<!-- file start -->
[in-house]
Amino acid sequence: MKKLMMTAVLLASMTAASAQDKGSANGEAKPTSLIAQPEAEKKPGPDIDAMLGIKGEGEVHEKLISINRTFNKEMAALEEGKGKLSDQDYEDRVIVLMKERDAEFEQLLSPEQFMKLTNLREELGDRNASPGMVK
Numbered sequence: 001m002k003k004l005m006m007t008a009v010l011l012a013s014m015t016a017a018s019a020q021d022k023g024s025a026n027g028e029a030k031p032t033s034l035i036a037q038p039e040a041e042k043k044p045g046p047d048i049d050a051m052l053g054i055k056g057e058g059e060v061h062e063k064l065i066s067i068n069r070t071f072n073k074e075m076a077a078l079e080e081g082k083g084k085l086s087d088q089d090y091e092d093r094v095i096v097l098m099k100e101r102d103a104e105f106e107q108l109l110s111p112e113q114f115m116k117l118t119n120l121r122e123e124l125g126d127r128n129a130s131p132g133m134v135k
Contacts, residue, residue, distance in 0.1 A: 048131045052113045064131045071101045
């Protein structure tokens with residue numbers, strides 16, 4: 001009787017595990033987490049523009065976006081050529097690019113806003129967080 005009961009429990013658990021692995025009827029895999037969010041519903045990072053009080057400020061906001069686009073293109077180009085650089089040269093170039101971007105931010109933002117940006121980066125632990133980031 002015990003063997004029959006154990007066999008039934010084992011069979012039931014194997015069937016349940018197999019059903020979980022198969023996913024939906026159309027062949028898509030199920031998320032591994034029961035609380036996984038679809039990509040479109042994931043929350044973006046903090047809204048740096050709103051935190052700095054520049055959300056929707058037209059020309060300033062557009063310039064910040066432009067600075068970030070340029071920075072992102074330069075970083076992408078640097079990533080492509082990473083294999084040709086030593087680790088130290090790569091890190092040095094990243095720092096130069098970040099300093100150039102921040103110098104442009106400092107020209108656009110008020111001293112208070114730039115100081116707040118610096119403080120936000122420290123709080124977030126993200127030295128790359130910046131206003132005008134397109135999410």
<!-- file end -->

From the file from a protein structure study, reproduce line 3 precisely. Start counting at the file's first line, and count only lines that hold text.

Numbered sequence: 001m002k003k004l005m006m007t008a009v010l011l012a013s014m015t016a017a018s019a020q021d022k023g024s025a026n027g028e029a030k031p032t033s034l035i036a037q038p039e040a041e042k043k044p045g046p047d048i049d050a051m052l053g054i055k056g057e058g059e060v061h062e063k064l065i066s067i068n069r070t071f072n073k074e075m076a077a078l079e080e081g082k083g084k085l086s087d088q089d090y091e092d093r094v095i096v097l098m099k100e101r102d103a104e105f106e107q108l109l110s111p112e113q114f115m116k117l118t119n120l121r122e123e124l125g126d127r128n129a130s131p132g133m134v135k